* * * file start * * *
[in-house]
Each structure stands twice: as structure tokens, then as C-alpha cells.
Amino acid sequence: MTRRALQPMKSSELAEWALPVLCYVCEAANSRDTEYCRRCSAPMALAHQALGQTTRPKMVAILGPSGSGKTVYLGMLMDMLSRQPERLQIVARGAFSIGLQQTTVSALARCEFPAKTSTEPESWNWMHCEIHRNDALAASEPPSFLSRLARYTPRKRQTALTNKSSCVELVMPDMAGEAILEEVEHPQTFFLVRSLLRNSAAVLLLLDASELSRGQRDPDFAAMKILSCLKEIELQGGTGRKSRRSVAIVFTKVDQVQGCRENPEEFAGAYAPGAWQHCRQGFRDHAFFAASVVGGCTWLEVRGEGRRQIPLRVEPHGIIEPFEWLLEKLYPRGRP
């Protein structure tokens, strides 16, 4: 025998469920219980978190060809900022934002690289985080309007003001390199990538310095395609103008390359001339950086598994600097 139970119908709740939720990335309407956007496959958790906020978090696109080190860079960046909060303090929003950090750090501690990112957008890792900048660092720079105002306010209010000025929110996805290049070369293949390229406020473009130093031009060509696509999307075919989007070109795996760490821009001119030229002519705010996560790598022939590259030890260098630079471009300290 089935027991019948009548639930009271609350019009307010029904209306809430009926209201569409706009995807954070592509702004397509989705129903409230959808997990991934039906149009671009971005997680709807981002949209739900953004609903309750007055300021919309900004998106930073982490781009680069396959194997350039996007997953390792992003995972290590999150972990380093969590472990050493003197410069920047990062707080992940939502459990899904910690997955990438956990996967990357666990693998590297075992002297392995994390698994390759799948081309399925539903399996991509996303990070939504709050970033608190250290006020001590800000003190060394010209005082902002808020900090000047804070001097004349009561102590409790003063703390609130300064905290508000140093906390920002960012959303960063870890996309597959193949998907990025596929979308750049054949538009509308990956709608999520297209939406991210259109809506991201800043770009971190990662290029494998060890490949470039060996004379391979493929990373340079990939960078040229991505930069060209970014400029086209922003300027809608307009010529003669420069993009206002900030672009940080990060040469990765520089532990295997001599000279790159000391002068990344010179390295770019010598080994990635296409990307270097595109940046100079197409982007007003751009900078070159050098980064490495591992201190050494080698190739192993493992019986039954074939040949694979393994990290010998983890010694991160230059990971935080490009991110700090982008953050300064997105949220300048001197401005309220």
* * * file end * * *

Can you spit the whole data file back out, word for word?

[in-house]
Each structure stands twice: as structure tokens, then as C-alpha cells.
Amino acid sequence: MTRRALQPMKSSELAEWALPVLCYVCEAANSRDTEYCRRCSAPMALAHQALGQTTRPKMVAILGPSGSGKTVYLGMLMDMLSRQPERLQIVARGAFSIGLQQTTVSALARCEFPAKTSTEPESWNWMHCEIHRNDALAASEPPSFLSRLARYTPRKRQTALTNKSSCVELVMPDMAGEAILEEVEHPQTFFLVRSLLRNSAAVLLLLDASELSRGQRDPDFAAMKILSCLKEIELQGGTGRKSRRSVAIVFTKVDQVQGCRENPEEFAGAYAPGAWQHCRQGFRDHAFFAASVVGGCTWLEVRGEGRRQIPLRVEPHGIIEPFEWLLEKLYPRGRP
């Protein structure tokens, strides 16, 4: 025998469920219980978190060809900022934002690289985080309007003001390199990538310095395609103008390359001339950086598994600097 139970119908709740939720990335309407956007496959958790906020978090696109080190860079960046909060303090929003950090750090501690990112957008890792900048660092720079105002306010209010000025929110996805290049070369293949390229406020473009130093031009060509696509999307075919989007070109795996760490821009001119030229002519705010996560790598022939590259030890260098630079471009300290 089935027991019948009548639930009271609350019009307010029904209306809430009926209201569409706009995807954070592509702004397509989705129903409230959808997990991934039906149009671009971005997680709807981002949209739900953004609903309750007055300021919309900004998106930073982490781009680069396959194997350039996007997953390792992003995972290590999150972990380093969590472990050493003197410069920047990062707080992940939502459990899904910690997955990438956990996967990357666990693998590297075992002297392995994390698994390759799948081309399925539903399996991509996303990070939504709050970033608190250290006020001590800000003190060394010209005082902002808020900090000047804070001097004349009561102590409790003063703390609130300064905290508000140093906390920002960012959303960063870890996309597959193949998907990025596929979308750049054949538009509308990956709608999520297209939406991210259109809506991201800043770009971190990662290029494998060890490949470039060996004379391979493929990373340079990939960078040229991505930069060209970014400029086209922003300027809608307009010529003669420069993009206002900030672009940080990060040469990765520089532990295997001599000279790159000391002068990344010179390295770019010598080994990635296409990307270097595109940046100079197409982007007003751009900078070159050098980064490495591992201190050494080698190739192993493992019986039954074939040949694979393994990290010998983890010694991160230059990971935080490009991110700090982008953050300064997105949220300048001197401005309220």